Stimulating economic success - a level playing field

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Historically, central planners have generally done a poor job of managing economic resources — this we’ve known since the time of the Pharaohs. But Guided Allocation of Resources — or GAR — has improved over the centuries. The Soviets used simple accounting tools and firing squads to build massive, primary infrastructure… dams and steel mills etc. But they were incompetent at the secondary economy… making a refrigerator anyone wanted. The Japanese took computerized skills and capitalist zaibatsu structures and planned their way to great success… that hit a wall in the tertiary economy. The brainy engineers in the Chinese politburo think their shiny AI models can evade any wall. They are probably wrong, but we’ll see.

Our system is based on a belief — rooted in our success over 200 years — that you cannot define optimum conditions for an economy, but you CAN create general attractor states. Example: the existence of any flat-fair-open competition at all is an attractor state that results in vastly more creativity and production…

…but that condition is unstable and critically vulnerable to cheating. Our society achieved a semblance of flat-fair-open competition by intentionally — and with deliberate foresight — altering the boundary conditions of market forces so that that attractor state can flourish. Among those boundary conditions was vigorous rules against cheating.

Case in point the breakup of toxic pools of economic power — like monopolies and duopolies. Anti-trust rules enacted by several generations (under several Roosevelts) were spectacularly effective and limiting cheating and opening up genuine competition. Take the auto industry. With 25+ major car-makers out there, competition is genuine and we get better cars for less money, every year. Add in further regulations to incentive emission and efficiency improvements, and the result is consumers having saved scores of billions at the pump, since the CAFE rules were enacted.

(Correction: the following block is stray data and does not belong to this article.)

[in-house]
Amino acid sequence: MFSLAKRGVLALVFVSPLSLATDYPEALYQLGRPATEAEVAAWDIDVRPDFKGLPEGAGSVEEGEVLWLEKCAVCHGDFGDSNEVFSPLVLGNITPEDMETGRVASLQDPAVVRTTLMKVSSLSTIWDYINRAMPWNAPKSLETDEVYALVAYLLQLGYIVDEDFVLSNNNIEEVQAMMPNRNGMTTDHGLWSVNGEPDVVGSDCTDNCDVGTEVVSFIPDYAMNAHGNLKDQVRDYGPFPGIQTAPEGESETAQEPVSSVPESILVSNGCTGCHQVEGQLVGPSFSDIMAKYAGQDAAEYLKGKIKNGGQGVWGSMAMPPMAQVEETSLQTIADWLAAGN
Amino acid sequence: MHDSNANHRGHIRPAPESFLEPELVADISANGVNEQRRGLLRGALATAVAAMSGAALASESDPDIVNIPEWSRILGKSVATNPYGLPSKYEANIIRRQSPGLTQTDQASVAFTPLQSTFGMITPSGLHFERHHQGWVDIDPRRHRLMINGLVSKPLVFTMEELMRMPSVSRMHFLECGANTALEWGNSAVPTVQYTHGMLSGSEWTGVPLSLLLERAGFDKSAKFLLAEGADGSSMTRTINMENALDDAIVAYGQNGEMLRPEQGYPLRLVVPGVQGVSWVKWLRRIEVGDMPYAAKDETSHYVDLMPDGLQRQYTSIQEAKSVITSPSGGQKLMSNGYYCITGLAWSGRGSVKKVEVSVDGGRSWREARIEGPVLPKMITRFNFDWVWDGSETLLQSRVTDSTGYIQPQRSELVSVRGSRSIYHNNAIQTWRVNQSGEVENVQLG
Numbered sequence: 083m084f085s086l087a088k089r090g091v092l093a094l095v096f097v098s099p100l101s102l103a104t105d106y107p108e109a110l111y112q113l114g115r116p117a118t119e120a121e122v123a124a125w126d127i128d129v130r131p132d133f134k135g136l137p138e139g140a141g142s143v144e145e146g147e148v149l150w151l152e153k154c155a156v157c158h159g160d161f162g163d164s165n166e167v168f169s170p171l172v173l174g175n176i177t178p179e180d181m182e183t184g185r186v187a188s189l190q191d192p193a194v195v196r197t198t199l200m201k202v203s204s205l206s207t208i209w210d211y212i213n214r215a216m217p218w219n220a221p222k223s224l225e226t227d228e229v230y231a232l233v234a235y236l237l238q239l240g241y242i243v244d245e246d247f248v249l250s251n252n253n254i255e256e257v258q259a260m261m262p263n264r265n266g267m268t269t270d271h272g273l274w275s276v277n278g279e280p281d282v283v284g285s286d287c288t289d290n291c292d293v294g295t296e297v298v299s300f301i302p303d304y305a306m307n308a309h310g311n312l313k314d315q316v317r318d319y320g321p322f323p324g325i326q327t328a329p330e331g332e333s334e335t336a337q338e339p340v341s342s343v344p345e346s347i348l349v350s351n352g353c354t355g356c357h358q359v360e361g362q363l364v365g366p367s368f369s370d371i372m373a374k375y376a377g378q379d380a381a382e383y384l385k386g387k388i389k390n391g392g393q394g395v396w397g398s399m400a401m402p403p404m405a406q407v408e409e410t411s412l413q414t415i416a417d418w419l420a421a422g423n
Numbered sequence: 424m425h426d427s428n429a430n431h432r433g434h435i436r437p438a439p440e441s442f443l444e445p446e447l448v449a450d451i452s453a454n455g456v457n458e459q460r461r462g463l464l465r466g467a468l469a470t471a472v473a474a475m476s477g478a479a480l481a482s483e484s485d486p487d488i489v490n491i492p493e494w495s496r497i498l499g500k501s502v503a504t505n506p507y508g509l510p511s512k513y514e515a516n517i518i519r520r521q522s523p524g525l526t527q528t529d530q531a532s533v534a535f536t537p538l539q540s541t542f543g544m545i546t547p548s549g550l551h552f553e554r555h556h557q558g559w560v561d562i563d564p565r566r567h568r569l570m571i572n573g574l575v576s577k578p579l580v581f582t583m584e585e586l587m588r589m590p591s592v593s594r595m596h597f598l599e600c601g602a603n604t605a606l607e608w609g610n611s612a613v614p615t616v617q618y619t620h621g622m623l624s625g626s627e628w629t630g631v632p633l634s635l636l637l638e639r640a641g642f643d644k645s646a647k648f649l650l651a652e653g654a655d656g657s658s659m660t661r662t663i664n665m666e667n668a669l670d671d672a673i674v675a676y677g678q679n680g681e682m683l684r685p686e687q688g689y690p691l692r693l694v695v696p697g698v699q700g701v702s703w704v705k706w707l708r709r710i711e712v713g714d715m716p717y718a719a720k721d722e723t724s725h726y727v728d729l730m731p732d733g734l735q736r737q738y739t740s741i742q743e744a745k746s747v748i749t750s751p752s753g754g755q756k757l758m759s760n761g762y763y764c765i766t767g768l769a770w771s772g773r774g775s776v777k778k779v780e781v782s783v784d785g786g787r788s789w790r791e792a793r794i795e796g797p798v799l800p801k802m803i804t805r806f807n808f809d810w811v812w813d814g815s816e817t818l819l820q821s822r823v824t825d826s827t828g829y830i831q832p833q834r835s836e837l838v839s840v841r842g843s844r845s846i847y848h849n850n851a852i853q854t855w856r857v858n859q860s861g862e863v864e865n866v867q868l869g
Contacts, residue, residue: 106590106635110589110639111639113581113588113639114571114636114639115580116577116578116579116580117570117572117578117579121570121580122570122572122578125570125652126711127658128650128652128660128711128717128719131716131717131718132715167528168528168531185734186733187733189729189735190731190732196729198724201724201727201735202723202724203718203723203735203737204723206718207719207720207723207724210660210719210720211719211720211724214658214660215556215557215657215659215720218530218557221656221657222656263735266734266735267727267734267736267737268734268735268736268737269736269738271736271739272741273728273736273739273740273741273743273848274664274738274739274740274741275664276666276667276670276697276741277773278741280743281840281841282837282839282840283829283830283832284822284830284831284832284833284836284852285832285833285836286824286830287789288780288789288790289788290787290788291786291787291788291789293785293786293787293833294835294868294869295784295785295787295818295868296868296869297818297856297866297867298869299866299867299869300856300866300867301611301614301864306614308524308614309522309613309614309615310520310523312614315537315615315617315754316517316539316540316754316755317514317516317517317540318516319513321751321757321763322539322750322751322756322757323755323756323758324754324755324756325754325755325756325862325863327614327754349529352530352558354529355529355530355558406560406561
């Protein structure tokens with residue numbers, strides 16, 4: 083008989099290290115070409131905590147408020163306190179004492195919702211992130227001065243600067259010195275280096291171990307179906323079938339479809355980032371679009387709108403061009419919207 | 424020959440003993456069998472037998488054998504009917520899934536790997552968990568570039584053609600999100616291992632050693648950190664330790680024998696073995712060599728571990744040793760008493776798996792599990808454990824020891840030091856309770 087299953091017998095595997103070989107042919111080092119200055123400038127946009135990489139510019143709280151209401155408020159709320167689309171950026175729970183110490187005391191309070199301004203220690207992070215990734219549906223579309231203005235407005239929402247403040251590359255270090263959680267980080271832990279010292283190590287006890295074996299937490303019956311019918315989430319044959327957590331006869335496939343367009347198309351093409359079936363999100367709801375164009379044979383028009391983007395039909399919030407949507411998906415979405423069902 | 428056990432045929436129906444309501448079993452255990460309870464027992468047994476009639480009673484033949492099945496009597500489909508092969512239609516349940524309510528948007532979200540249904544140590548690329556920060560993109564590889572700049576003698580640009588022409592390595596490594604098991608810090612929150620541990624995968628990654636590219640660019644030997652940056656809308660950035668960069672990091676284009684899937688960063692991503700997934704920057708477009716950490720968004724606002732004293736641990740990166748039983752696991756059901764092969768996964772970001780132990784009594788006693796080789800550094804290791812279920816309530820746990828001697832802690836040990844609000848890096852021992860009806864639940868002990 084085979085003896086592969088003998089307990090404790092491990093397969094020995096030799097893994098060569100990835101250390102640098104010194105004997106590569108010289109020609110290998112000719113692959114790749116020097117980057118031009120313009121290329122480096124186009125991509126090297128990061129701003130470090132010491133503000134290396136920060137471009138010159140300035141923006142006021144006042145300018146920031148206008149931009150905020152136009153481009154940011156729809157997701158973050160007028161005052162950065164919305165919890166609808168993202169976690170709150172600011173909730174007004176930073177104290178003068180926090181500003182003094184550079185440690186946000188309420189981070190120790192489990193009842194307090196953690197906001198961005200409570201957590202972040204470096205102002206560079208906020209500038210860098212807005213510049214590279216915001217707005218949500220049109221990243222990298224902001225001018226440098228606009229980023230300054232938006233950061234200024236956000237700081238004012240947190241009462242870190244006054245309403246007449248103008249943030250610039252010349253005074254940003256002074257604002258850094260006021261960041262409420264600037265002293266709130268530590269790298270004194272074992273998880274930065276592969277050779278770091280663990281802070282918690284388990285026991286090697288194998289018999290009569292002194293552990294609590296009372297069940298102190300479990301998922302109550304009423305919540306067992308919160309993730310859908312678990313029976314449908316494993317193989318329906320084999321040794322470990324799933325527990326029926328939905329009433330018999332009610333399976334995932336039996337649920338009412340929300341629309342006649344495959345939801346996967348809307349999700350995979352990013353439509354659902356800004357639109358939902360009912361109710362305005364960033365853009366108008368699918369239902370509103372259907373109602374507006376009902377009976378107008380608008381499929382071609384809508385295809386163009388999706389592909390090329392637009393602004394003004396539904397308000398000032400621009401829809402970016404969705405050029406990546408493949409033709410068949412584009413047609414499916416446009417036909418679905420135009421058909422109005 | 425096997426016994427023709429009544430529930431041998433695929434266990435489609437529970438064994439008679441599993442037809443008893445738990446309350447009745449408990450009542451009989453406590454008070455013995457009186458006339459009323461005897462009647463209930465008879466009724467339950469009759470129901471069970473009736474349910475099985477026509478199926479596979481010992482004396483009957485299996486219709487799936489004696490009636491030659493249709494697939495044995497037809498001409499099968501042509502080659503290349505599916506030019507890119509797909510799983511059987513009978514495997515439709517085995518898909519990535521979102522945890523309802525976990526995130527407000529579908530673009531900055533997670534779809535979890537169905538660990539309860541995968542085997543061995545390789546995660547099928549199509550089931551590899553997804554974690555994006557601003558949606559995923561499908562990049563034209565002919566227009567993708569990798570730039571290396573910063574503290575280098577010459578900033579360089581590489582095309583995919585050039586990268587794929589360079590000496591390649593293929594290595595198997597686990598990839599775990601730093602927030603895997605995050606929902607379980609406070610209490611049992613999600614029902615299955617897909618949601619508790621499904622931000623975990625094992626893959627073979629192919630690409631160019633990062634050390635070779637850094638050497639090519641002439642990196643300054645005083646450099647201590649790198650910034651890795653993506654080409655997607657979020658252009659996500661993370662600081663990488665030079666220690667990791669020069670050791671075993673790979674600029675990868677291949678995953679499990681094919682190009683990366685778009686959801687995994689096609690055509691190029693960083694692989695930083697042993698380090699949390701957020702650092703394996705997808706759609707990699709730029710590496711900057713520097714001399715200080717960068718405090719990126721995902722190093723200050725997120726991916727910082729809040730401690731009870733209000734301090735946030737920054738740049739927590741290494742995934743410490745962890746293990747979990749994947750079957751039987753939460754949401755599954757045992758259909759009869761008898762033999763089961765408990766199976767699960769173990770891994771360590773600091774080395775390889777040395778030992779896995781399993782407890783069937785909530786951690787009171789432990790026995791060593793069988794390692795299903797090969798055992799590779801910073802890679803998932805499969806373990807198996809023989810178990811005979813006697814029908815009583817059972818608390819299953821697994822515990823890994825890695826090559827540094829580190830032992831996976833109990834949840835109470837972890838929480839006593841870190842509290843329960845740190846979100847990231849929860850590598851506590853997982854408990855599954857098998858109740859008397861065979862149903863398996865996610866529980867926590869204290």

Of course, eliminating all such regulation, especially against toxic concentration of market share, has been among the top goals of cheater-oligarchies, who seek economy-warping power.

See how Robert Reich explains the “Monopolization of America.” And be outraged that the Boomers let slide the wisdom of their parents and grandparents (who adored Roosevelts for good reasons.)

Yes, I am libertarian enough to want a light hand! I am fiercely liberal about eliminating unfairnesses, cheater conspiracies, prejudices and poverties that waste talent. Liberal interventions that enable all children to shoot for their potential aren’t just moral, they are pragmatic — any society that wastes talent to poverty or oppression isn’t just evil, it is stupid.

And clearly we need the boundary conditions to include incentives and deterrents that account for externalities like planetary health.

On the other hand, HOW liberated and healthy-education young people then sort themselves out to work for truly competitive companies should be up to them. This is a conversation that the two cousin philosophies — liberalism and libertarianism — could be having!

And the top priority of the Murdoch-Putin-Mercer-Koch oligarchy is to prevent those cousins from every recognizing what the share… a common enemy.

Author, scientist, public speaker. My books include The Transparent Society, The Postman, Earth, Existence, and Startide Rising.

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